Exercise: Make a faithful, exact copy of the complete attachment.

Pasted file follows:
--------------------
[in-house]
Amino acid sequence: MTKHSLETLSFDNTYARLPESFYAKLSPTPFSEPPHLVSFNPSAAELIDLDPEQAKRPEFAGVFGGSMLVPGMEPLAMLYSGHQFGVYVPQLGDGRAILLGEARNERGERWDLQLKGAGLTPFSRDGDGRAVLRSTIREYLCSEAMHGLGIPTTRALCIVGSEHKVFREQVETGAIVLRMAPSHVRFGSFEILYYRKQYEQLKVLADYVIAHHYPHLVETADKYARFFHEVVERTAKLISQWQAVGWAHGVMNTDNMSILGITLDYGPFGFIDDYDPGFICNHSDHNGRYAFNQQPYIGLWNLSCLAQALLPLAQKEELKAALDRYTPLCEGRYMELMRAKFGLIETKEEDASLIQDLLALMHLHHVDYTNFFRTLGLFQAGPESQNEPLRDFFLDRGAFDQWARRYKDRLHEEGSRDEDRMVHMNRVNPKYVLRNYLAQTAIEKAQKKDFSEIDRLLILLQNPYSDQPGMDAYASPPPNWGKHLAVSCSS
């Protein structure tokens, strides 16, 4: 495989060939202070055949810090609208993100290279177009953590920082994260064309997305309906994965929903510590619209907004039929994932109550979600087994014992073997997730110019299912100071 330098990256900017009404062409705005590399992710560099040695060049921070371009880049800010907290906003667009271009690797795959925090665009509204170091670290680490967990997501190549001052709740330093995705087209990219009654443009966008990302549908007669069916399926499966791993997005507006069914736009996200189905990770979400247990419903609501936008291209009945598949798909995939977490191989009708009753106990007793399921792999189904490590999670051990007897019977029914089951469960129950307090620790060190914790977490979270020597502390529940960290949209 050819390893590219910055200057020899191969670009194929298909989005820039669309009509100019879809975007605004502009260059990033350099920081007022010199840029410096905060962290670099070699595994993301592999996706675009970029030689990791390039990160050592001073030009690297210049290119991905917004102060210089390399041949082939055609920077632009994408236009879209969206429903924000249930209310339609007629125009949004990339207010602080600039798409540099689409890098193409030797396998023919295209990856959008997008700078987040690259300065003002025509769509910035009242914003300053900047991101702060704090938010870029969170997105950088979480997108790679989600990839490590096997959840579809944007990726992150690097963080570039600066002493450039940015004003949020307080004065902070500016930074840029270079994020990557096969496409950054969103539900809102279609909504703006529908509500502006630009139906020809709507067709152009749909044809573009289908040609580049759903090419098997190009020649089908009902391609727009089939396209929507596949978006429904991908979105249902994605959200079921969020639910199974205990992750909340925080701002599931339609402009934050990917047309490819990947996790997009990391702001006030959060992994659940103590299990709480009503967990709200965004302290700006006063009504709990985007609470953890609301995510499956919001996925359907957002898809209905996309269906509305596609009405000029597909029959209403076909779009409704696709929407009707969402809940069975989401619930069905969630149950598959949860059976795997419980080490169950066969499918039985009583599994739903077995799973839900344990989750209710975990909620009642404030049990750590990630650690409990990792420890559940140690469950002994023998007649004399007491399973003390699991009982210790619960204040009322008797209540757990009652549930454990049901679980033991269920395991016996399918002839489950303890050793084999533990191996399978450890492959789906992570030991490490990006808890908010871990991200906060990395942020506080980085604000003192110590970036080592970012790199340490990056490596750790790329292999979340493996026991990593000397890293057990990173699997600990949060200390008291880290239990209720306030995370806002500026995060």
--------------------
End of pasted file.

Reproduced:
[in-house]
Amino acid sequence: MTKHSLETLSFDNTYARLPESFYAKLSPTPFSEPPHLVSFNPSAAELIDLDPEQAKRPEFAGVFGGSMLVPGMEPLAMLYSGHQFGVYVPQLGDGRAILLGEARNERGERWDLQLKGAGLTPFSRDGDGRAVLRSTIREYLCSEAMHGLGIPTTRALCIVGSEHKVFREQVETGAIVLRMAPSHVRFGSFEILYYRKQYEQLKVLADYVIAHHYPHLVETADKYARFFHEVVERTAKLISQWQAVGWAHGVMNTDNMSILGITLDYGPFGFIDDYDPGFICNHSDHNGRYAFNQQPYIGLWNLSCLAQALLPLAQKEELKAALDRYTPLCEGRYMELMRAKFGLIETKEEDASLIQDLLALMHLHHVDYTNFFRTLGLFQAGPESQNEPLRDFFLDRGAFDQWARRYKDRLHEEGSRDEDRMVHMNRVNPKYVLRNYLAQTAIEKAQKKDFSEIDRLLILLQNPYSDQPGMDAYASPPPNWGKHLAVSCSS
């Protein structure tokens, strides 16, 4: 495989060939202070055949810090609208993100290279177009953590920082994260064309997305309906994965929903510590619209907004039929994932109550979600087994014992073997997730110019299912100071 330098990256900017009404062409705005590399992710560099040695060049921070371009880049800010907290906003667009271009690797795959925090665009509204170091670290680490967990997501190549001052709740330093995705087209990219009654443009966008990302549908007669069916399926499966791993997005507006069914736009996200189905990770979400247990419903609501936008291209009945598949798909995939977490191989009708009753106990007793399921792999189904490590999670051990007897019977029914089951469960129950307090620790060190914790977490979270020597502390529940960290949209 050819390893590219910055200057020899191969670009194929298909989005820039669309009509100019879809975007605004502009260059990033350099920081007022010199840029410096905060962290670099070699595994993301592999996706675009970029030689990791390039990160050592001073030009690297210049290119991905917004102060210089390399041949082939055609920077632009994408236009879209969206429903924000249930209310339609007629125009949004990339207010602080600039798409540099689409890098193409030797396998023919295209990856959008997008700078987040690259300065003002025509769509910035009242914003300053900047991101702060704090938010870029969170997105950088979480997108790679989600990839490590096997959840579809944007990726992150690097963080570039600066002493450039940015004003949020307080004065902070500016930074840029270079994020990557096969496409950054969103539900809102279609909504703006529908509500502006630009139906020809709507067709152009749909044809573009289908040609580049759903090419098997190009020649089908009902391609727009089939396209929507596949978006429904991908979105249902994605959200079921969020639910199974205990992750909340925080701002599931339609402009934050990917047309490819990947996790997009990391702001006030959060992994659940103590299990709480009503967990709200965004302290700006006063009504709990985007609470953890609301995510499956919001996925359907957002898809209905996309269906509305596609009405000029597909029959209403076909779009409704696709929407009707969402809940069975989401619930069905969630149950598959949860059976795997419980080490169950066969499918039985009583599994739903077995799973839900344990989750209710975990909620009642404030049990750590990630650690409990990792420890559940140690469950002994023998007649004399007491399973003390699991009982210790619960204040009322008797209540757990009652549930454990049901679980033991269920395991016996399918002839489950303890050793084999533990191996399978450890492959789906992570030991490490990006808890908010871990991200906060990395942020506080980085604000003192110590970036080592970012790199340490990056490596750790790329292999979340493996026991990593000397890293057990990173699997600990949060200390008291880290239990209720306030995370806002500026995060």